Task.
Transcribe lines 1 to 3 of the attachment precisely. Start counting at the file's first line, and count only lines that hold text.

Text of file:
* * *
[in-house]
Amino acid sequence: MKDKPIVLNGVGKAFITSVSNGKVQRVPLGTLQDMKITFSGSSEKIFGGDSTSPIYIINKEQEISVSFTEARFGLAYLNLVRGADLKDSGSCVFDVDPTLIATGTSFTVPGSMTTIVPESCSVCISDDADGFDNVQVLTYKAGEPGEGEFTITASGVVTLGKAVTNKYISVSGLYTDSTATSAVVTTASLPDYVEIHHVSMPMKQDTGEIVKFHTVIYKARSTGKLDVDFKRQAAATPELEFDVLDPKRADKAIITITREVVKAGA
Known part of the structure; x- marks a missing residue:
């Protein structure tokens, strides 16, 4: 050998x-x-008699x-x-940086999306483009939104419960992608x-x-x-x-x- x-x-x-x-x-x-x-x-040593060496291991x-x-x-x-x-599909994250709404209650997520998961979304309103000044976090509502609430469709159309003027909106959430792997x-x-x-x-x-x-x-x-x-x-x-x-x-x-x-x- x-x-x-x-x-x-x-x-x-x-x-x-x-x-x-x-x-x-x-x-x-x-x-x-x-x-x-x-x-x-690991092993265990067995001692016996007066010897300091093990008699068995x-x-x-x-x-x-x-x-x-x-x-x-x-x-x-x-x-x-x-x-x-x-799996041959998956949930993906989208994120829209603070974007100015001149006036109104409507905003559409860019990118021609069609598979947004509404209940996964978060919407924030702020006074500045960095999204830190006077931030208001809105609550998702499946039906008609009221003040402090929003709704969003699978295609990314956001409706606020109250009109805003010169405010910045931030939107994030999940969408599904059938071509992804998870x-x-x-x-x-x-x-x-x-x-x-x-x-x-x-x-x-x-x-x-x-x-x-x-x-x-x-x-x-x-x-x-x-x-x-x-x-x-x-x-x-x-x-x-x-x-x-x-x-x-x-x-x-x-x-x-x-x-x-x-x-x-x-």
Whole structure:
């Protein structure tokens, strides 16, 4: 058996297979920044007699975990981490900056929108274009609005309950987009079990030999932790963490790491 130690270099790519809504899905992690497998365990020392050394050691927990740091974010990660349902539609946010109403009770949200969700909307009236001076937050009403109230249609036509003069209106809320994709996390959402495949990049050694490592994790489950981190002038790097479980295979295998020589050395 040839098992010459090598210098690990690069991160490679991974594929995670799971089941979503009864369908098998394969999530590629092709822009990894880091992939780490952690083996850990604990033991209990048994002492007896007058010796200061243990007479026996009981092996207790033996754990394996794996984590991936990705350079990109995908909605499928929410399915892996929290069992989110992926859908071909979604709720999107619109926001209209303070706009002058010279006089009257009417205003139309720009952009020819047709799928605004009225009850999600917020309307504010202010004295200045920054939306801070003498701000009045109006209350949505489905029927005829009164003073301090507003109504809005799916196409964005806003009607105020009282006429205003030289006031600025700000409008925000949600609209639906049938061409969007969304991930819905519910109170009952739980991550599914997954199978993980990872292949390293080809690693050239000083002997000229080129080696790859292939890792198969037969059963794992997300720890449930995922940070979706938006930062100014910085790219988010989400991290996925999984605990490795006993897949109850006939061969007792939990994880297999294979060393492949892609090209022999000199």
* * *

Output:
[in-house]
Amino acid sequence: MKDKPIVLNGVGKAFITSVSNGKVQRVPLGTLQDMKITFSGSSEKIFGGDSTSPIYIINKEQEISVSFTEARFGLAYLNLVRGADLKDSGSCVFDVDPTLIATGTSFTVPGSMTTIVPESCSVCISDDADGFDNVQVLTYKAGEPGEGEFTITASGVVTLGKAVTNKYISVSGLYTDSTATSAVVTTASLPDYVEIHHVSMPMKQDTGEIVKFHTVIYKARSTGKLDVDFKRQAAATPELEFDVLDPKRADKAIITITREVVKAGA
Known part of the structure; x- marks a missing residue: